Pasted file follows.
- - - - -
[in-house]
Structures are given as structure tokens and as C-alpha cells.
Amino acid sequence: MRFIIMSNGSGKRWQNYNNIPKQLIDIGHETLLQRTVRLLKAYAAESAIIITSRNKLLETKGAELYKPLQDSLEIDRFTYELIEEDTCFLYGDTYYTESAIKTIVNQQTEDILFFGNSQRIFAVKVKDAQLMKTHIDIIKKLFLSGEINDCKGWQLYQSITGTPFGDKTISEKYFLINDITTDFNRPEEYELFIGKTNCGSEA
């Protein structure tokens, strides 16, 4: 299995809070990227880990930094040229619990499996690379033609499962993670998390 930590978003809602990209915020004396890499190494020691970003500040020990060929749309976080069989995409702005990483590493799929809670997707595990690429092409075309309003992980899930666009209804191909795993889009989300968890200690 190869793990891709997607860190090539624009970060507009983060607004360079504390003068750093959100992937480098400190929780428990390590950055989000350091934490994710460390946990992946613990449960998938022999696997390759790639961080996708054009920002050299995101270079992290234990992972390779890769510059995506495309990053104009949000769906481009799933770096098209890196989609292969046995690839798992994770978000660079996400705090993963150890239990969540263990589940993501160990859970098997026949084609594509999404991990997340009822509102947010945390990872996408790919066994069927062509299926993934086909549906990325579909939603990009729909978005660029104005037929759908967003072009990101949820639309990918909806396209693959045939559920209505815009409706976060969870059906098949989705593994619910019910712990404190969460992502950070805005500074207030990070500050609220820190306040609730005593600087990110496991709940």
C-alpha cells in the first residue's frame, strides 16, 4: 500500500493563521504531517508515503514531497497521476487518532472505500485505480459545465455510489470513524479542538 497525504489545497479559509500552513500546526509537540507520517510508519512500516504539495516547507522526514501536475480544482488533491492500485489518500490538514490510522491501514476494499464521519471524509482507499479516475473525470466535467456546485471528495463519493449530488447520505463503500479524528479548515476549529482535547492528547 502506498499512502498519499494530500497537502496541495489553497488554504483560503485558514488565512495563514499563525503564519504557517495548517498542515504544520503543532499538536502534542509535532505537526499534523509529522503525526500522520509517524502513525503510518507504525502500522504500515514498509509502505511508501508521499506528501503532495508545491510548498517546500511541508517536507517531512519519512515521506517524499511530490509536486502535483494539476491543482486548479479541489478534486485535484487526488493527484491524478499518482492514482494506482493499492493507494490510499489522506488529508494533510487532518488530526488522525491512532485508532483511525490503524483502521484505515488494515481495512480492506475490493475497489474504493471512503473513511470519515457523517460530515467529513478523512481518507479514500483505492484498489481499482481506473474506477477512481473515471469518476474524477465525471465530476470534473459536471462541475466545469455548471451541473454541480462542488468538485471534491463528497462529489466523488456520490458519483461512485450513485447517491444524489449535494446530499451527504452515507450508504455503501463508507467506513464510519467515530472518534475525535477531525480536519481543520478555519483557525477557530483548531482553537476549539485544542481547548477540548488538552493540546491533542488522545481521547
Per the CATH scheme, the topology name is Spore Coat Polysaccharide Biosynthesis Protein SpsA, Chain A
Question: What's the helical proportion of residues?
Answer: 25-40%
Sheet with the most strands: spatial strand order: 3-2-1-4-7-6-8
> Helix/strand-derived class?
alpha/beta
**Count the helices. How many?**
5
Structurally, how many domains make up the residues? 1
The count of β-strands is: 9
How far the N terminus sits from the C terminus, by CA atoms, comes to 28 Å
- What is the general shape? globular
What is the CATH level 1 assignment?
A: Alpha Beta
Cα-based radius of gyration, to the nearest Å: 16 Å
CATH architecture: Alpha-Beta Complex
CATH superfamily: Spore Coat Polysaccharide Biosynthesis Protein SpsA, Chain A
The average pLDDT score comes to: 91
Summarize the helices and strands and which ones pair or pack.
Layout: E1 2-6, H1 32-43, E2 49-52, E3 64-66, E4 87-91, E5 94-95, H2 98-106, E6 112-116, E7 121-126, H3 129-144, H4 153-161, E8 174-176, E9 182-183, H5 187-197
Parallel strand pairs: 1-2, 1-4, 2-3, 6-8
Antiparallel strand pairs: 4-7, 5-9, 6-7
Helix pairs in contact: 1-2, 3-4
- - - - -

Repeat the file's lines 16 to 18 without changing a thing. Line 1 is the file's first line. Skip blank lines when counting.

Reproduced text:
How far the N terminus sits from the C terminus, by CA atoms, comes to 28 Å
- What is the general shape? globular
What is the CATH level 1 assignment?